Wisconsin election recount expected to begin Thursday


Jill Stein a Green Party candidate raised enough money to obtain recounts of votes in Michigan, Pennsylvania and now Wisconsin. And Hillary Clinton is joining in on the request too.

Election officials announced the recount will probably begin Thursday. Federal law says election disputes must be resolved within 35 days of election day, so officials have a little less than two weeks to finish counting the votes.

One Wisconsin Institute Executive Director, Scot Ross, said in a statement, “Every voter’s vote deserved to be counted, which is why we have been fighting so hard against Republican-backed restrictions that make it harder and more complicated for eligible voters to cast their ballot.”

One Wisconsin Institute is a non-partisan, progressive research and education organization.

Officials from the Stein campaign have made concerns about Russian hackers, but there hasn’t been any evidence of voter fraud.

According to the Milwaukee Journal Sentinel: 

As Donald Trump on Sunday lashed out via Twitter at Hillary Clinton over her campaign’s decision to join the recount process in Wisconsin, state elections officials announced a recount will probably start Thursday.

At a meeting Monday morning, Wisconsin Elections Commission staff will request the commission approve a timeline that will start the recount in all 72 counties on Thursday. Under federal law, any presidential election disputes must be resolved within 35 days of election day, which is Dec. 13.

While spending the Thanksgiving holiday at his Mar-a-Lago estate in Palm Beach, Fla., Trump unleashed a flurry of tweets criticizing the recount in Wisconsin and claimed that millions voted illegally, though there is no evidence of that happening.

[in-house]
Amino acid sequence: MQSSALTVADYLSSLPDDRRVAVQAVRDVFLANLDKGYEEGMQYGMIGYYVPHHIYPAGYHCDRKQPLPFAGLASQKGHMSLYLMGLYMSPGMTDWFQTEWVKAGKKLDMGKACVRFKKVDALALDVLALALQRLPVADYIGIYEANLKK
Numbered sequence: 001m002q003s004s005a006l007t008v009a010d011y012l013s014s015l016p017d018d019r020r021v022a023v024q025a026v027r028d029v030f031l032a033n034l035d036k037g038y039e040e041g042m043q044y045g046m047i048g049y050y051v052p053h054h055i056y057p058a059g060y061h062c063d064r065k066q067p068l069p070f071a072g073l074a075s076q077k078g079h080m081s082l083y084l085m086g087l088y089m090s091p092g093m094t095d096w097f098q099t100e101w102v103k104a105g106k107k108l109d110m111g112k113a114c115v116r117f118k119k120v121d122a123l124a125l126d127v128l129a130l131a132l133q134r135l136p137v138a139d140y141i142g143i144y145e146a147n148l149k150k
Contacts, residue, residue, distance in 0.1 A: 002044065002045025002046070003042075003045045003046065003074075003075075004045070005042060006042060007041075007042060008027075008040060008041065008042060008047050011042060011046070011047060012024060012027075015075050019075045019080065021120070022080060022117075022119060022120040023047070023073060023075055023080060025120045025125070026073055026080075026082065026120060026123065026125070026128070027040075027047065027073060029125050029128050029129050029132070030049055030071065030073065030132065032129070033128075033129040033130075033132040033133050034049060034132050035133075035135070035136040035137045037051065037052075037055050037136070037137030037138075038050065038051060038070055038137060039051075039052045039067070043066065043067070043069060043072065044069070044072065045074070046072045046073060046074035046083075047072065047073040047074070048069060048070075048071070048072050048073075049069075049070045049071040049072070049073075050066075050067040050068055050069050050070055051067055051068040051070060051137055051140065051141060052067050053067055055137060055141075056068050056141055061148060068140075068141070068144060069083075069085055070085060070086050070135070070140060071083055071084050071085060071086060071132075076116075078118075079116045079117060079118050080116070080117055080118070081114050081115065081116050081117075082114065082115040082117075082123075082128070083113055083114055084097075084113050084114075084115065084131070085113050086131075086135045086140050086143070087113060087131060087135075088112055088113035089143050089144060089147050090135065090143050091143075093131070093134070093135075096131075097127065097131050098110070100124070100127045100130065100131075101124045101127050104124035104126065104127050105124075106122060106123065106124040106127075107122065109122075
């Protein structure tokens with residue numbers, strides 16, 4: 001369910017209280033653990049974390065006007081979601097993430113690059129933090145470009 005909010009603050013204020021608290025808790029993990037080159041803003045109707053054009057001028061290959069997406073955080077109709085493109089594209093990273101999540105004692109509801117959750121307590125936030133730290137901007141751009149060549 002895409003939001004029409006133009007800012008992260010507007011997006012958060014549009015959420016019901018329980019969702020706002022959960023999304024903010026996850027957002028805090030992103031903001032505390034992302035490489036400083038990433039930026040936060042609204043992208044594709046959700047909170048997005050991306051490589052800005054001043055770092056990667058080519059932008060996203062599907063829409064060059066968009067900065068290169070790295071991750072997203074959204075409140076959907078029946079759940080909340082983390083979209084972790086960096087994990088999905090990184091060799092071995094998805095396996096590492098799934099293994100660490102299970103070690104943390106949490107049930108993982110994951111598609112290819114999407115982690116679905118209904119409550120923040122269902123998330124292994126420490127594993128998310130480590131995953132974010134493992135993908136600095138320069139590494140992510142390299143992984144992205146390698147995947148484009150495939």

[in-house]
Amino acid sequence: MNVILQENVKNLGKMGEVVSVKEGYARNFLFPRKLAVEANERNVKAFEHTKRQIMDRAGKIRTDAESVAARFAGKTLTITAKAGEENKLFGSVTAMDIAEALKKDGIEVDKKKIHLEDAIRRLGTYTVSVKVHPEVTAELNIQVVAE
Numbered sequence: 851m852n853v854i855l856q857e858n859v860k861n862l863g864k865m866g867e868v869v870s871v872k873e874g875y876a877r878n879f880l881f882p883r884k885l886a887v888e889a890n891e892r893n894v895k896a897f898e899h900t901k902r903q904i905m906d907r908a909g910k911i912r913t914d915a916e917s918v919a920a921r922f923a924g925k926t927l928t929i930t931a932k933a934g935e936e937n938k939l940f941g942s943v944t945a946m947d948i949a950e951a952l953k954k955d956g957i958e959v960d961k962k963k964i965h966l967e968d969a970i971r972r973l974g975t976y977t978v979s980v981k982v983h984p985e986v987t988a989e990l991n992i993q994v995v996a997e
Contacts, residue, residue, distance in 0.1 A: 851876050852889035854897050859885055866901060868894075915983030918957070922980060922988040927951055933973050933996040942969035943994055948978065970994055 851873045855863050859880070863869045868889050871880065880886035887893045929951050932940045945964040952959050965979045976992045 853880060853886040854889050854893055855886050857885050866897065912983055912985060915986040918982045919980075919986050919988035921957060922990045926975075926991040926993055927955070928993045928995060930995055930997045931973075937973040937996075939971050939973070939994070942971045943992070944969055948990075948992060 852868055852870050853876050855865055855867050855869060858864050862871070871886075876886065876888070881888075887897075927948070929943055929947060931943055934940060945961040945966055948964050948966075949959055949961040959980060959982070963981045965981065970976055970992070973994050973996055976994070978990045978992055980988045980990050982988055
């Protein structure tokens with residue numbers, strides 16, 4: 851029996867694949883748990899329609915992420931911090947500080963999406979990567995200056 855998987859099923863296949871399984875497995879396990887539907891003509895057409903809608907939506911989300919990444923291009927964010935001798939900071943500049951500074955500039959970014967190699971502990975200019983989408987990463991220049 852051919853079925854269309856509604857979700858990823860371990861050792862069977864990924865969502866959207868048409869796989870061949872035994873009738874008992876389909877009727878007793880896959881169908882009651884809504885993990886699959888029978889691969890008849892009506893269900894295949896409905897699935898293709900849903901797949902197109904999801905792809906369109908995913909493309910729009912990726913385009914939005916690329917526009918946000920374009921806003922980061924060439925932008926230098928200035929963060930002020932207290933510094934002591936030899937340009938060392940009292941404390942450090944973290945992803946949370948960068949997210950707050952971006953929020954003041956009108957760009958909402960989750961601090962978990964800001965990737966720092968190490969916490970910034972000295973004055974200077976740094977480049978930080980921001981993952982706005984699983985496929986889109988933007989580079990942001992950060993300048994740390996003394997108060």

The Clinton campaign announced Saturday it would participate in the Wisconsin recount sought by Green Party candidate Jill Stein, and may join Stein-backed efforts in Michigan and Pennsylvania. Officials cited voter concerns about Russian hacking and other forms of alleged voting problems.

While Clinton officials said they have seen no evidence of vote tampering, and do not expect the results in any state to change, they believe their campaign needs to be represented during any recount process.

The president-elect’s comments about the recount capped a series of tweets in which he quoted Clinton’s criticism of a Trump debate comment that he might not recognize the results of the election should he lose. At one point, Trump noted, Clinton described refusal to accept the results of an election as “a direct threat to our democracy.”

For more on this story, visit Milwaukee Journal Sentinel